Table 4 Perioperative morbidity for concomitant procedures
Outcome on follow-up
Mean follow-up was 28.2±19.1 months (median, 28.2 months; range, 0–50 months). Kaplan–Meier survival analysis did not show any statistically significant difference in 36-month primary (47.1%±7.1% vs 50.1%±9.4%; P=0.418), assisted primary (57.0%±7.9% vs 62.4%±9.2%; P=0.517), or secondary (82.0%±6.8% vs 83.1%±7.3%; P=0.445) patency between the HYBRID and OPEN groups (Figures 1–3). Loss of primary patency occurred in 23 patients in the OPEN group between 0 and 48 months. Overall, 87% (20/23) of loss of primary patency was caused by graft-related events, of which nine patients had graft thrombectomies and anastomotic revisions, four had redo bypasses, three had anastomosis percutaneous transluminal angioplasty (PTA), one had graft infection necessitating graft removal, and three had amputations resulting from advanced foot ischemia. Two patients with patent popliteal-distal bypasses had femoral bifurcation restenosis that needed endarterectomy/patch angioplasty. Two patients eventually underwent amputations after the occlusion of redo bypasses. Loss of primary patency occurred in 18 patients in the HYBRID group between 0 and 42 months, eleven of which were related to abnormalities detected in the endovascular treated segments (67%) and seven related to the bypass. In the six patients who needed interventions for maintaining patency, three had PTA and stenting of their SFA, two had PTA of infrapopliteal restenosis, and one needed angioplasty of the endarterectomized segment. Of the 12 occlusions, four had thrombolysis followed by PTA/restenting of SFA or popliteal arteries, three had bypass graft thrombectomies and revisions, two had femoral–popliteal bypass, two patients had amputations because of unhealing wounds, and one had recanalization of tibioperoneal trunk. Overall, there were four amputations in this group. Limb salvage rates of patients with critical limb ischemia were similar at 36 months in the HYBRID and OPEN groups (76.3%±9.3% vs 80.4%±8.2%; P=0.579; Figure 4). We used Cox regression analysis to determine predictors of failure for the entire cohort of patients, which demonstrated that CLI was the only negative predictor of primary patency in the entire patient cohort. No additional factors, including age, sex, hypertension, diabetes, hyperlipidemia, renal insufficiency, current smoking, antiplatelet therapy, and statin use, were found to affect primary patency. We also looked at the predictors of patency of two groups independently. Predictors of failure of the OPEN group were active smoking, CLI, and lack of statin therapy. Predictors of failure of HYBRID group were CLI, renal insufficiency, and diabetes. Interestingly, neither the TASC classification nor the number of patent tibial arteries predicted any patency rate in either group, which was previously reported as predictors of PTA/stenting or bypass failure (Table 5).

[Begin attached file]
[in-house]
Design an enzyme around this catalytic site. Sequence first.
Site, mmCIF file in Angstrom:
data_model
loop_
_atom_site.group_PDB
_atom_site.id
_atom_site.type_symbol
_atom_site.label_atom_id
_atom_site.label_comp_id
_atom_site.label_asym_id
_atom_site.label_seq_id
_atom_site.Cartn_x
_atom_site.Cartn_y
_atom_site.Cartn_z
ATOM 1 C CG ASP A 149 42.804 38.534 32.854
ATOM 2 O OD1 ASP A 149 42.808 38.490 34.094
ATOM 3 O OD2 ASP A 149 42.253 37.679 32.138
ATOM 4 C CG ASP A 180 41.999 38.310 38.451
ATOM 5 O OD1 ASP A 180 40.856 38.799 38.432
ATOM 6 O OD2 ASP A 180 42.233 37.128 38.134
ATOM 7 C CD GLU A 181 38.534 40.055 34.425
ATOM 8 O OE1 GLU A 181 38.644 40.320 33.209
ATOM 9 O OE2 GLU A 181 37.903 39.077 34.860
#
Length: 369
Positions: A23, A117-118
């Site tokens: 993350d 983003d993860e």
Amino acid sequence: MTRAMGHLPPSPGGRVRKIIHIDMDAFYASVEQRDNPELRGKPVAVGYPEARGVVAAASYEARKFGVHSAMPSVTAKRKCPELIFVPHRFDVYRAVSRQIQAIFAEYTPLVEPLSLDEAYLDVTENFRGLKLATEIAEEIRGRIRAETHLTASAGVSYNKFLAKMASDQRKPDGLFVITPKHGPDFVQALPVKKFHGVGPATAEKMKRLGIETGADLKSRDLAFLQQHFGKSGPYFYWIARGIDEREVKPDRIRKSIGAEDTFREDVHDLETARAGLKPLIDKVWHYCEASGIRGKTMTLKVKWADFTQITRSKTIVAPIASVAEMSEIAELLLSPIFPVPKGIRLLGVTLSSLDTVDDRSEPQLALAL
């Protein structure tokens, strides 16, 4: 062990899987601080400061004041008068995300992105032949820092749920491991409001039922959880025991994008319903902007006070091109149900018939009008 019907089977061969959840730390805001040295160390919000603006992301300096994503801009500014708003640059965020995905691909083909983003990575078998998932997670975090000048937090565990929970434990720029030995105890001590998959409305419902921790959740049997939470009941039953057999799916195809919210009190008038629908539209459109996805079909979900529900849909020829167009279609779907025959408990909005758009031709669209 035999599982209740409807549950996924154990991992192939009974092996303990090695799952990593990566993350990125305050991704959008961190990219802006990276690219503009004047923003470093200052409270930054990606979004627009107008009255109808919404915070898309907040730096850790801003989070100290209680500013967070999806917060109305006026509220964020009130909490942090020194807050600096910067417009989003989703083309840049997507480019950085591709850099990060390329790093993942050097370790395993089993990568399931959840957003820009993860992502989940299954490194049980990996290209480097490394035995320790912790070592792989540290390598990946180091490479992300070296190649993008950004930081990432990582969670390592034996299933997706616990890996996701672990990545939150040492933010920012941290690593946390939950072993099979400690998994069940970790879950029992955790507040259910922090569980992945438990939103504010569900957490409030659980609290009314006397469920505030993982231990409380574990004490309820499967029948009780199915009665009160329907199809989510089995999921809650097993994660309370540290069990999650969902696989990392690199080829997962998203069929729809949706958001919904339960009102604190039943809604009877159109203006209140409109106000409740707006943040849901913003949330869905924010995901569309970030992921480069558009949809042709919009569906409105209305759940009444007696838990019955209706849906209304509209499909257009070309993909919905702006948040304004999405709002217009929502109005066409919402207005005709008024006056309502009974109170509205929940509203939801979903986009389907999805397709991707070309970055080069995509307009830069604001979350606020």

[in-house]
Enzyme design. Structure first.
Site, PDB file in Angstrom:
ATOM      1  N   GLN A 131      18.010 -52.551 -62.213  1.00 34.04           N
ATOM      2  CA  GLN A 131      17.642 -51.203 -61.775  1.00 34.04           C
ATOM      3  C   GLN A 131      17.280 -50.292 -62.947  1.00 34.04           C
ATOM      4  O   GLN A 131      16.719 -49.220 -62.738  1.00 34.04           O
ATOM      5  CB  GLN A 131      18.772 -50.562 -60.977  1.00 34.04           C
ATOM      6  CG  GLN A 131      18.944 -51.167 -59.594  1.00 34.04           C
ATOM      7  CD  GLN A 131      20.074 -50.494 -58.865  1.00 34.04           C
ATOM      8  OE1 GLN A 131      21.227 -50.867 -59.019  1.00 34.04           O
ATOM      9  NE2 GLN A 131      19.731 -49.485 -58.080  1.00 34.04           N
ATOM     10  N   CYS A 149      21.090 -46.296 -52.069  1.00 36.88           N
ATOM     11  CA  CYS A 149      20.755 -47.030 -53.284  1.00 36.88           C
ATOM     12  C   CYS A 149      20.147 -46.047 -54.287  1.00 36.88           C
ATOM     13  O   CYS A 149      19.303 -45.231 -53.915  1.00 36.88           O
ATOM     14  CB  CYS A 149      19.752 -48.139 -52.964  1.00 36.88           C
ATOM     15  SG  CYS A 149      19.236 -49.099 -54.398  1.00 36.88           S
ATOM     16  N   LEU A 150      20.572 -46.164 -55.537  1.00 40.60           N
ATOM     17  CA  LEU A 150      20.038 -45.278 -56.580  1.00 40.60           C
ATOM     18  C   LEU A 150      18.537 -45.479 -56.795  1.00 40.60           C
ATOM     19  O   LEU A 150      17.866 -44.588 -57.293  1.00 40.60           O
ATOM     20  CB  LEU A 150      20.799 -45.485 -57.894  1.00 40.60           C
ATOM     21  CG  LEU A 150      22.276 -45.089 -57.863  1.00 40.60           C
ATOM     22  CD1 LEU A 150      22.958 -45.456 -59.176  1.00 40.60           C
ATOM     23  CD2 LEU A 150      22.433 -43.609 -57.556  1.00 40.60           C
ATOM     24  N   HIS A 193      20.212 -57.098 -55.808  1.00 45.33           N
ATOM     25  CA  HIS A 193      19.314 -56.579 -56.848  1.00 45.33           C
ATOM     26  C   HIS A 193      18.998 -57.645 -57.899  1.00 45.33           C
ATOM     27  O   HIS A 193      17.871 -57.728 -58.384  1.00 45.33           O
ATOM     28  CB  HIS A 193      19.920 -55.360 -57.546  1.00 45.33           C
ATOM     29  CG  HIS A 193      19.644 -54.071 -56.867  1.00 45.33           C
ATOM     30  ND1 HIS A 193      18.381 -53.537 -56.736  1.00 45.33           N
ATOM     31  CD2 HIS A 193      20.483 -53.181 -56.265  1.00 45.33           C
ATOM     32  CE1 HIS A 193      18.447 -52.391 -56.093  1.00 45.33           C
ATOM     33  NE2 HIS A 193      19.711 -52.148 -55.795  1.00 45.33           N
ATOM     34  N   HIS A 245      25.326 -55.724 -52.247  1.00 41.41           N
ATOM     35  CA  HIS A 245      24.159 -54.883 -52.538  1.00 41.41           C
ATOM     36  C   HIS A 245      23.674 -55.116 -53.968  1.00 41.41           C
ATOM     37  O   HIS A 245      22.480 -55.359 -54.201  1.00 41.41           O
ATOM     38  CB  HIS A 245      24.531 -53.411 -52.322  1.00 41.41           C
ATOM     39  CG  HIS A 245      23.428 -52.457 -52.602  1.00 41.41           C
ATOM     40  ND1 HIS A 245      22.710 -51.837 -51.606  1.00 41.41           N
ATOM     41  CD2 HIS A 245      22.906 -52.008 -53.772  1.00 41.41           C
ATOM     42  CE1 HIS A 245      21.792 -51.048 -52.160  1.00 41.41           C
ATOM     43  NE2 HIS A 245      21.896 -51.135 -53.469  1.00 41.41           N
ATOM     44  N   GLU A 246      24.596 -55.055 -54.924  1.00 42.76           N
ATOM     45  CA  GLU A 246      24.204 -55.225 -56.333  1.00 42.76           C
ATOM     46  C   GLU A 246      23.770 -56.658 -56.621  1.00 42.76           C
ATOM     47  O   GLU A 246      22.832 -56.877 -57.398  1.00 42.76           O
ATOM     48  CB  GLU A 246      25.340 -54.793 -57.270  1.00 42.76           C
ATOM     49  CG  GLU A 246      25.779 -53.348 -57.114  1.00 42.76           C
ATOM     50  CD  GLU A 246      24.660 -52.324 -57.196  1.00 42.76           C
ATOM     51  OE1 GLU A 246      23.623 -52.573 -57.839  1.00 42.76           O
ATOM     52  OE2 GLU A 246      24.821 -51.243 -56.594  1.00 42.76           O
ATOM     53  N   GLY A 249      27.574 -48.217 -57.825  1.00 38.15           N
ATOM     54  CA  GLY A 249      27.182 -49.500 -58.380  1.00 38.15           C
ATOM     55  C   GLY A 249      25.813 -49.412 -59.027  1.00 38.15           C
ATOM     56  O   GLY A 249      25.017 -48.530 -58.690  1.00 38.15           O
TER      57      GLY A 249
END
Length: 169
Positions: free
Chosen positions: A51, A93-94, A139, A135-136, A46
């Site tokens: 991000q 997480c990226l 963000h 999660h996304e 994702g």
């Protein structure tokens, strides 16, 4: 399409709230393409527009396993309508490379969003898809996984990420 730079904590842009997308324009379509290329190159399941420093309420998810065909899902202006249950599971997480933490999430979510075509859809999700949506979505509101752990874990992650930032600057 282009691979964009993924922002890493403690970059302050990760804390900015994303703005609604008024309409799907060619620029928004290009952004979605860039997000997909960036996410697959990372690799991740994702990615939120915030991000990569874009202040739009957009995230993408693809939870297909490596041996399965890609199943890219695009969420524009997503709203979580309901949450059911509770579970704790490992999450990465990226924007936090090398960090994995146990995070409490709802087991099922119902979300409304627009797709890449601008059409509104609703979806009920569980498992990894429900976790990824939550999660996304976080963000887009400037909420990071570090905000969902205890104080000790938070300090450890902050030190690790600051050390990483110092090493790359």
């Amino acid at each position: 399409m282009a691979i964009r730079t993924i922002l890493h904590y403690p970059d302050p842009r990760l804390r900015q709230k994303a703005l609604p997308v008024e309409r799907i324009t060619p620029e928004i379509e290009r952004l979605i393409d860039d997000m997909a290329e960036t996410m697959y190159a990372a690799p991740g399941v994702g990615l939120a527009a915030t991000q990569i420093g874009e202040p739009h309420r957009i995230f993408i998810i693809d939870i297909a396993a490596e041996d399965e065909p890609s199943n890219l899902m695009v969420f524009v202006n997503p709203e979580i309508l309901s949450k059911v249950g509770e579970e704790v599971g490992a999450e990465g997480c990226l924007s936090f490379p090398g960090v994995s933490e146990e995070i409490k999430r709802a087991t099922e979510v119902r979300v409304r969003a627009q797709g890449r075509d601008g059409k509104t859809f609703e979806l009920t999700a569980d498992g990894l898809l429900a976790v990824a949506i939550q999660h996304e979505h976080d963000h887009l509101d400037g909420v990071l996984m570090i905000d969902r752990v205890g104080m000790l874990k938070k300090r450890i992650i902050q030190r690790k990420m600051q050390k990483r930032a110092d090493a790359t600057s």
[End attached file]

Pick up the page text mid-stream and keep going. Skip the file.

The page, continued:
Table 5 Predictors of patency by Cox proportional hazard models
The treatment of MIOD often requires complete revascularization of all affected levels to renew blood flow to the pedal circulation. The revascularization of one level alone is often insufficient and seldom leads to relief from rest pain and the healing of ulcer or gangrene.12 Conventional open surgical management of such lesions required extensive revascularization and lengthy procedure, commonly associated with significant morbidity and mortality and typically reserved for physiologically younger, “healthy” patients.13 Endovascular interventions should be preferred for the elderly, high-risk patients, but in practice we often encountered situations in which it was difficult to proceed with angioplasty solely because of simultaneous calcifications and stenosis of the multilevel arteries.14,15 The hybrid procedures offer a solution for such vascular lesions in which endovascular treatment may be used for in-flow or out-flow lesions, in combination with open surgery, during a single session.16,17